Douglas' title reign didn't last long, losing his next fight to Evander Holyfield eight months later via third-round knockout.
Aussie speed skater the last man standing
Going into the 2002 Winter Olympics in Salt Lake City, Steve Bradbury had already won medals at the Olympics and world championships, from 1993 onwards. These were to be his fourth and final Games, and the 1000m his last Olympic race.
In the preliminary heat he got through in third, after a skater ahead of him was disqualified. In the semifinal he was last most of the way, needing a top-two finish. On the last lap, three skaters fell, so he was into the final, having never won an individual medal at an Olympics or a World Championship.
In the final, he was tailed off a long last, as the other four went at it hammer and tongs. But on the final curve all the leading quartet fell. Bradbury was so far behind that he avoided the pile-up and went on to coast over the finish line to stunned Olympic glory.
There's even a dictionary reference taking in his victory:
Verb do a Bradbury ( third-person singular simple present does a Bradbury , present participle doing a Bradbury , simple past did a Bradbury , past participle done a Bradbury ). ( Australia ) To triumph unexpectedly in a sporting event, especially due to luck or the misfortune of others.
Greece upset the odds at Euro 2004
Arriving at the European Championships in Portugal as 150-1 long shots , Greece weren't expected to make it past the group stage, let alone lift the Henri Delaunay trophy.
But after upsetting the hosts 2-1 in the opening match of the tournament, the plucky Greeks drew with Spain and managed to sneak through a tight Group A on goal difference.
An extraordinary 1-0 victory over defending champions France followed in the quarters, before the much-fancied Czechs were accounted for in the semifinals by the same scoreline as Otto Rehhagel’s band of journeymen booked their spot in the tournament decider in Lisbon.
Greece produced yet another backs-to-the-wall performance in the final, repelling wave after wave of Portuguese attacks before Angelos Charisteas' 57th-minute header gave them a lead they never relinquished to claim the country's first-ever international trophy.
The way they achieved the unthinkable on the back of a solid defence wasn't to everyone's taste. Not that anyone in Greece cared.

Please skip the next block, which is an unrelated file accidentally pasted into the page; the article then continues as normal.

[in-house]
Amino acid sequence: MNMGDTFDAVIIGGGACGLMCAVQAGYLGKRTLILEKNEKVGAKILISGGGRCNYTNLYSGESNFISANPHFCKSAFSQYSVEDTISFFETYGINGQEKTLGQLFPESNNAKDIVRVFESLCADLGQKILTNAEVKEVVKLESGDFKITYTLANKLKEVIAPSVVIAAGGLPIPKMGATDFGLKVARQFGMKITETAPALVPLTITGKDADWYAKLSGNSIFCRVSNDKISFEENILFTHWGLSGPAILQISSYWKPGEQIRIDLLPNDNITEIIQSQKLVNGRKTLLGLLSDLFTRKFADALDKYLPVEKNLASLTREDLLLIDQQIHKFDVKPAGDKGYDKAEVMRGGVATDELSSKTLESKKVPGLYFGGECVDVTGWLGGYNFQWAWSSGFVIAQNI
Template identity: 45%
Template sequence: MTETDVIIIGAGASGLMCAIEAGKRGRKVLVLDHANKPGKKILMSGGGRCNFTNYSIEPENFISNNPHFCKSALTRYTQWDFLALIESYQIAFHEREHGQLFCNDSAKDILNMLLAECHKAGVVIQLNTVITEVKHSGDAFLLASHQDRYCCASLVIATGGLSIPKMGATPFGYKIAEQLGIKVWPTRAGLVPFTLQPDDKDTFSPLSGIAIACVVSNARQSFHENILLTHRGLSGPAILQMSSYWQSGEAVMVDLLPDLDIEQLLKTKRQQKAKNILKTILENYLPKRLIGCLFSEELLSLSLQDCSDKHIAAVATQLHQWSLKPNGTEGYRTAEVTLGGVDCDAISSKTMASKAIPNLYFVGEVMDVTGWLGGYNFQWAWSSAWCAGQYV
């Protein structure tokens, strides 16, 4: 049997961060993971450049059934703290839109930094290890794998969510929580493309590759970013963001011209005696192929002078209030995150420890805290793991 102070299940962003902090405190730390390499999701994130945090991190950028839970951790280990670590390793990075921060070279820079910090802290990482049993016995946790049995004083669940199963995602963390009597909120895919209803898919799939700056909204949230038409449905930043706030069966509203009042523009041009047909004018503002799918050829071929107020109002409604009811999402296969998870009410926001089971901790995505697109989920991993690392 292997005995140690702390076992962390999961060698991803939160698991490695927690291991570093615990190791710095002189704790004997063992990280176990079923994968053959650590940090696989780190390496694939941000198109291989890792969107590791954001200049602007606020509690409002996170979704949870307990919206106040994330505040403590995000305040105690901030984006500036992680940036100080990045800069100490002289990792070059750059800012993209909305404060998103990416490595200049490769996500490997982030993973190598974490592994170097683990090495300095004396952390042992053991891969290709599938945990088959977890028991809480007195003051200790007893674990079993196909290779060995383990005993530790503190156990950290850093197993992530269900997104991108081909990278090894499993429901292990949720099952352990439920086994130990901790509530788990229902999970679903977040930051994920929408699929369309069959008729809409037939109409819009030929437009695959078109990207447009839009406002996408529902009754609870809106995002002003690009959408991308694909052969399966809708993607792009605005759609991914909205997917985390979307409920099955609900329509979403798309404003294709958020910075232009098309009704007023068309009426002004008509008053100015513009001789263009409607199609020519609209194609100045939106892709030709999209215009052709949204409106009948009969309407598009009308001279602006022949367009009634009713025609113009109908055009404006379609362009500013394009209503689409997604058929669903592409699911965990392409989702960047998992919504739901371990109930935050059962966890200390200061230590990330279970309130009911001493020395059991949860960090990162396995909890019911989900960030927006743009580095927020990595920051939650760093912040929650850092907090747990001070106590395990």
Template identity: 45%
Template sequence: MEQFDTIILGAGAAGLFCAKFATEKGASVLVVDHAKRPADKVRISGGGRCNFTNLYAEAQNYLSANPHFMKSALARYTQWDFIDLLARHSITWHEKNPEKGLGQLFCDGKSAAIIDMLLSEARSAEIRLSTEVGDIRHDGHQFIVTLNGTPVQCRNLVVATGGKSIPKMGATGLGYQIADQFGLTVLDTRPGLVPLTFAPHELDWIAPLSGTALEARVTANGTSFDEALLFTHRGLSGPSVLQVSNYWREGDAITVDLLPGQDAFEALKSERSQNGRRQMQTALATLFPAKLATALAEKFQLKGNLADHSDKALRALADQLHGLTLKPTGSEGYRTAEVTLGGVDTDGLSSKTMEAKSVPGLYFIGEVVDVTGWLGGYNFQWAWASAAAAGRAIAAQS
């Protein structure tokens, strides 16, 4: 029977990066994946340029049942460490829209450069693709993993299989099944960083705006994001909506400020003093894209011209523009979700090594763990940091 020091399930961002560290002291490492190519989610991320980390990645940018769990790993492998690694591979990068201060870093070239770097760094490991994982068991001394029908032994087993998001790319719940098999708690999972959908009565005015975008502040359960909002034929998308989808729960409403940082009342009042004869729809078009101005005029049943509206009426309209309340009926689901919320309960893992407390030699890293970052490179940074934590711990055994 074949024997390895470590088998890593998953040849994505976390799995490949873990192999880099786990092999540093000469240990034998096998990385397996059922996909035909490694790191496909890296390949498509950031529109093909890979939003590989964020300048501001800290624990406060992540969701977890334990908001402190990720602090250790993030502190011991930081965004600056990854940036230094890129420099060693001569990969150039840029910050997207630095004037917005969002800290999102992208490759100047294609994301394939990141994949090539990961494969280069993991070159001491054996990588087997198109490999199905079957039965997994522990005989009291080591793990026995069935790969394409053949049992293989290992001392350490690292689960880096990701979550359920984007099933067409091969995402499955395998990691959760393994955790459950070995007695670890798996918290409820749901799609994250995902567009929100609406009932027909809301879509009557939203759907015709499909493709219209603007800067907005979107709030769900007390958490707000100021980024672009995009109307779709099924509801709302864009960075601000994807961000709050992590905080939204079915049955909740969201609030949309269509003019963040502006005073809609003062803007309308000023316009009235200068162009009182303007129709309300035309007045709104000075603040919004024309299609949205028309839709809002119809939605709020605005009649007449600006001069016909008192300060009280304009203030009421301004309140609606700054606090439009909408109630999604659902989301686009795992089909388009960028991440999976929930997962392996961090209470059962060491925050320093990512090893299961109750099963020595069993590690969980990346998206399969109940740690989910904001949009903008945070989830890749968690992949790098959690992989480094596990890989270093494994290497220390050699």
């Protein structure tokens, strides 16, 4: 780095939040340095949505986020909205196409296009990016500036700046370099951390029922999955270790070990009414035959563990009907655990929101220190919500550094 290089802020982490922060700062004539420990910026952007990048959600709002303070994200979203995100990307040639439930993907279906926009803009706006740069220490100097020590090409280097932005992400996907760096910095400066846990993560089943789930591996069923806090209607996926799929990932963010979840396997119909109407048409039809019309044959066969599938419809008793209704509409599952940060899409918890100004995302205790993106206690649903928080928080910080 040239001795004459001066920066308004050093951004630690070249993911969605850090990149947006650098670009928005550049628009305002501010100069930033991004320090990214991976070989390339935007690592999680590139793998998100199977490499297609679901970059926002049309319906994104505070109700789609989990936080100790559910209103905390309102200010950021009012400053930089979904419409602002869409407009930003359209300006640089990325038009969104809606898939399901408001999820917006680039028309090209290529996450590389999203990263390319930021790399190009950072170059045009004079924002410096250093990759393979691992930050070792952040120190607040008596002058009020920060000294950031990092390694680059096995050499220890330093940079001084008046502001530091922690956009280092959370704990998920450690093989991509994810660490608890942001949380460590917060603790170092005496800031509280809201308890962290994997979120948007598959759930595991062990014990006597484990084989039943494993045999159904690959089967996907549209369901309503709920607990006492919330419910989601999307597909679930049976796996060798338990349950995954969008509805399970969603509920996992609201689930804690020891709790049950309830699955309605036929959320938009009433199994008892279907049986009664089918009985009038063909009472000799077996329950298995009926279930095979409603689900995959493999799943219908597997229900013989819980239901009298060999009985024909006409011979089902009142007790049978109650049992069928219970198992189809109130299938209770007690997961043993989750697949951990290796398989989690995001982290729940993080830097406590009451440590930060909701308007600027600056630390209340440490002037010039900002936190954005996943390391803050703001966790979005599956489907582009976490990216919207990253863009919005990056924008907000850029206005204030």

USA stun Soviets in 'Miracle on Ice'
This triumph was so miraculous, it's known as the 'Miracle on Ice'. When you consider how many ice hockey games have been played, for one game to be instantly recognisable by that tag is quite a feat.
The United States men were given no hope against the mighty Soviets at the 1980 Winter Olympics in Lake Placid. Team USA was all amateurs and college players, the Soviets hardened pros who had dominated international ice hockey season-after-season.
Some American fans feared Team USA wouldn't even score a goal, such was the imbalance.
The result? USA won 4-3, as broadcaster Al Michaels famously screamed that he now believed in miracles. Two days later, the USA won the gold medal by beating Finland in their final game. The Soviet Union had to settle for silver after seeing off Sweden.
Kiwi underdog tames Tiger at US Open
Kiwi Michael Campbell won the 2005 US Open, seeing off Tiger Woods it was his only win in the United States, and his only victory in a major, it sent shockwaves around the golfing world.
While Campbell did reach world No 12 in 2001, he was prone to form slumps. He was only at the US Open after being a sectional qualifier from a tournament in England. And he was in a head-to-head shoot out with the world No 1, who was at the peak of his powers.
Campbell started the final round tied fourth, but a collapse by the trio ahead of him left him in front with the legendary Woods chasing. Woods several times got within two shots, only for back-to-back bogeys on 16 and 17 to derail him.
Last year Campbell found himself listed as one of the most "underwhelming" golfers to win a major , but he didn't care – much – posting a tweet of a weeping US Open Trophy.
"After a lovely meal and a few drinks the "2005 underwhelmed US Open trophy" really opened up to me and said, Michael, I don't care what people say, you are the one for me."